The Rolfing is over, and it’s just beginning
My 10-session Rolfing is done.
By which I mean, it’s really only beginning.
There are any number of ways that yoga and Rolfing meet, aspects they share: the body awareness; thoughts of movement and a wholistic approach to the body; being in the moment.
But the real similarity they share is this: They are never over.
Yoga’s a journey. I don’t have to tell you that. (And Ashtanga’s really a journey.) Turns out, so is Rolfing.
Two weeks passed between my ninth and 10th (and final) session with Russ. When I walked out his door after No. 9, I was thinking to myself: “Self, you are no where near being ready to be done.”
As I walked down the driveway to his place on Thursday night, I was thinking: “Self, you are awesome. You’re nearly there. You’ve made such big strides these past two weeks.”
Turns out I was right and so very wrong.
I was right in that Russ told me I looked good walking in; it was twilight, and apparently he got a very “silhouetted” view of me.
I was wrong because he then went through all the pieces I still need to work on: better containment of the body; more heaviness (still); getting the head in the right place.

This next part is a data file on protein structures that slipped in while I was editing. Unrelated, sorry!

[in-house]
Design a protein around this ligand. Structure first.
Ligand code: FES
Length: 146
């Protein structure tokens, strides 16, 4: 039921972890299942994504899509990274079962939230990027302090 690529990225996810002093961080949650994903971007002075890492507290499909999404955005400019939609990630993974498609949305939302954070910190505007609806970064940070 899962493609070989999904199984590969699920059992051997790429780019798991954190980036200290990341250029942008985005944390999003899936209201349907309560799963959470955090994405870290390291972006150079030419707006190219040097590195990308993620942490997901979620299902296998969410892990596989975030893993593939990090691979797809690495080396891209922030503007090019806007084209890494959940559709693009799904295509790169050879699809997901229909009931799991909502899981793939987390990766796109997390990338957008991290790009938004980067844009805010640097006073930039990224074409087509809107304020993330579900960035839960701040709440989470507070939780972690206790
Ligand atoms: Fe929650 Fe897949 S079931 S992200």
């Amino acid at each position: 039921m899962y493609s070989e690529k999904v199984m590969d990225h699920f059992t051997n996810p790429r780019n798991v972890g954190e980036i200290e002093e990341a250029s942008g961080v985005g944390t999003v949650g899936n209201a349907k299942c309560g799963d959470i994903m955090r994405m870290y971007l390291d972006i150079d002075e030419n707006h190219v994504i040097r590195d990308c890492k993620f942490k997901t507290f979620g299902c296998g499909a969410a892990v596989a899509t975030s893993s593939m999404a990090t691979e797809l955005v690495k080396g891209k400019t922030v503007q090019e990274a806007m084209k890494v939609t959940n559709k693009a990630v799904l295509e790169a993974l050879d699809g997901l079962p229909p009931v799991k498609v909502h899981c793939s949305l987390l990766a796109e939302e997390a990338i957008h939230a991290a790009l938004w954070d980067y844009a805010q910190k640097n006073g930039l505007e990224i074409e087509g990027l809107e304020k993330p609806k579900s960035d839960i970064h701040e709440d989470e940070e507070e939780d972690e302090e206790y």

Feet and head, feet and head, feet and head. My problem areas.
But, even during our 90 minutes together, more pieces fell into place. Relaxed here; tight there; ankles loose; shoulders relaxed; head back.
I’m done with the Rolfing, but the lessons are no where near over. The changes they will bring, too, are far from done.
I need to be thinking about the connection between a muscle under my chin, the back of my head and the area behind my heart.
I need to push myself along, not pull.
I need to be heavy in my feet and ankles and light in my neck and head.
My weight needs to be forward, and it needs to be back.
If little of this makes sense, it’s because in many ways it doesn’t — there are all these seemingly contradictory pieces to the puzzle that, when finally brought together, fit.
Fit, right? Connect? Unite? Union?
And it’ll keep going.
So, did it accomplish what I wanted? No and yes. My wild hope was Russ would find the key to loosening me up. That was a ridiculous desire.
What I got was better. A realistic way to keep myself from tightening more, to give myself an avenue to loosen up — especially in conjunction with Ashtanga — and to be better, stronger, healthier in the years ahead.
Not such a ridiculous desire. And one that’s achievable.
Posted by Steve